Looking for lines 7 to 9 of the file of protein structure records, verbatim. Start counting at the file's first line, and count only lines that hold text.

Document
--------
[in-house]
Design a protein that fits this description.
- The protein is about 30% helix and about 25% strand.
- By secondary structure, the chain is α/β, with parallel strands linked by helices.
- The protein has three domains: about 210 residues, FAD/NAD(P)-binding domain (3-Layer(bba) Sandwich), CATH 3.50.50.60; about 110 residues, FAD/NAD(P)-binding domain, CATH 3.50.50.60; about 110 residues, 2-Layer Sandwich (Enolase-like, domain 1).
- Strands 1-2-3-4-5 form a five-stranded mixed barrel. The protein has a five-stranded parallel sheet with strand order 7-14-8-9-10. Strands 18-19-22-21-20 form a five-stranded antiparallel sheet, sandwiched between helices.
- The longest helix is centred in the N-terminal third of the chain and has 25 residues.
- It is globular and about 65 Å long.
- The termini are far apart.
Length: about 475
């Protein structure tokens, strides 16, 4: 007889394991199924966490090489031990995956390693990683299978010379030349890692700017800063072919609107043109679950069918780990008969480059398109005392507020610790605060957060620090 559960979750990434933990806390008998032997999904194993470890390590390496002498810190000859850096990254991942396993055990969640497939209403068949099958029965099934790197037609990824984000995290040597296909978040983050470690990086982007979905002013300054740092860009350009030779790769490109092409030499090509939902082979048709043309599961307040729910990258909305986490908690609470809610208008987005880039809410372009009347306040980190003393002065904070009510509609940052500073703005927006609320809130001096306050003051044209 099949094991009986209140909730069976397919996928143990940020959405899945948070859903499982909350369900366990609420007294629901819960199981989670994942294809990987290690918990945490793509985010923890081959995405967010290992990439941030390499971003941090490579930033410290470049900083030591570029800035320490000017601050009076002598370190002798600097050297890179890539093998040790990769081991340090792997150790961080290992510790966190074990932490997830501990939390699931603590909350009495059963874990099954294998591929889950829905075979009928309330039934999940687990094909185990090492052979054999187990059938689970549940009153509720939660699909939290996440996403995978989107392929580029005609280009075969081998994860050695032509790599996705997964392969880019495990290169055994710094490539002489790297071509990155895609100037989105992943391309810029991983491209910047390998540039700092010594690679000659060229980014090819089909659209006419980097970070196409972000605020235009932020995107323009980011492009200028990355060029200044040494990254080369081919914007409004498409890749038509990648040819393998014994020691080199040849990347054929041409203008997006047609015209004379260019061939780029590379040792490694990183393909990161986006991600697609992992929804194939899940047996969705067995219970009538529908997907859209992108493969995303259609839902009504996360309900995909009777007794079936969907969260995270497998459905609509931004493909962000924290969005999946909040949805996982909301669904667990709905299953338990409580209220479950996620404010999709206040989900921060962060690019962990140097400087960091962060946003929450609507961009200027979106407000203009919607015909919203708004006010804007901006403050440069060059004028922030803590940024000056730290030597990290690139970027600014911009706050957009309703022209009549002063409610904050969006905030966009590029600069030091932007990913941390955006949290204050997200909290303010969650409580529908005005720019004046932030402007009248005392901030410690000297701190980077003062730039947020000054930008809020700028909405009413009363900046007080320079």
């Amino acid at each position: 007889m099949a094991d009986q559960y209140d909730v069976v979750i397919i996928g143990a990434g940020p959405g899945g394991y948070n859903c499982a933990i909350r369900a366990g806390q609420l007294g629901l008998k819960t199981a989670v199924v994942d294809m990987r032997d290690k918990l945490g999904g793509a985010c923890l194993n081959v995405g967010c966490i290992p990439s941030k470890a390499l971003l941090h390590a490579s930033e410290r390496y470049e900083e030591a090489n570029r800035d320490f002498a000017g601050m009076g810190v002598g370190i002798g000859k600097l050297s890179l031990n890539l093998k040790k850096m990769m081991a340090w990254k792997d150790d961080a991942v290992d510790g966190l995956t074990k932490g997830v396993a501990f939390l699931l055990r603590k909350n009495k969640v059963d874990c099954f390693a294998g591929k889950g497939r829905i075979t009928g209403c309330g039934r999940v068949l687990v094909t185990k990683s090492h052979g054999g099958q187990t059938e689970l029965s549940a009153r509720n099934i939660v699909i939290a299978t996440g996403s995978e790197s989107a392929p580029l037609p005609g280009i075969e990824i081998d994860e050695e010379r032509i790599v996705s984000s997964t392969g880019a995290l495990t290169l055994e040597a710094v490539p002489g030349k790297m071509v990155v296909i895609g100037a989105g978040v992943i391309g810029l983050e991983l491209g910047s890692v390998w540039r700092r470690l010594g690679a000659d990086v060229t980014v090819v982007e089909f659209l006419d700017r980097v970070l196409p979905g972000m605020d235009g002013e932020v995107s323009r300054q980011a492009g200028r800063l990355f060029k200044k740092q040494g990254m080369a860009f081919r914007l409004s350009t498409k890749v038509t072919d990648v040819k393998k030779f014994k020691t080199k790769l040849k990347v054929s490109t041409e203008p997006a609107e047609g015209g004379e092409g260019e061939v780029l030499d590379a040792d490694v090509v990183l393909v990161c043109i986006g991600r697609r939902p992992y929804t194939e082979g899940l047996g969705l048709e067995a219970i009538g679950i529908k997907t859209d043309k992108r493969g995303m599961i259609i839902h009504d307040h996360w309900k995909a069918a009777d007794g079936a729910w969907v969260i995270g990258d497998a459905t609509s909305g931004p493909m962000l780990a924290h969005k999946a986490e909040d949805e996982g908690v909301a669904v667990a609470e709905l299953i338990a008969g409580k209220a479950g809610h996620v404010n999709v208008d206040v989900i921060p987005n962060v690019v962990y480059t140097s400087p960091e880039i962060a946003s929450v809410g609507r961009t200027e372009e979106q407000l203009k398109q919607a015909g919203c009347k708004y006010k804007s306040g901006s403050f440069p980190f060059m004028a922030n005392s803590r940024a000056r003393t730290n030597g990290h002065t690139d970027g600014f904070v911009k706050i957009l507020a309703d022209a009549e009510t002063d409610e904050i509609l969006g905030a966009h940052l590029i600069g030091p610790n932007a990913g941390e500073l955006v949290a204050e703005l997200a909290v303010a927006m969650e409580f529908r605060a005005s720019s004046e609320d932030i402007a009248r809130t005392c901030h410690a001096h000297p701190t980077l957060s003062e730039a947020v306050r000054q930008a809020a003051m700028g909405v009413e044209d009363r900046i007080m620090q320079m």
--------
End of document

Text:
- The longest helix is centred in the N-terminal third of the chain and has 25 residues.
- It is globular and about 65 Å long.
- The termini are far apart.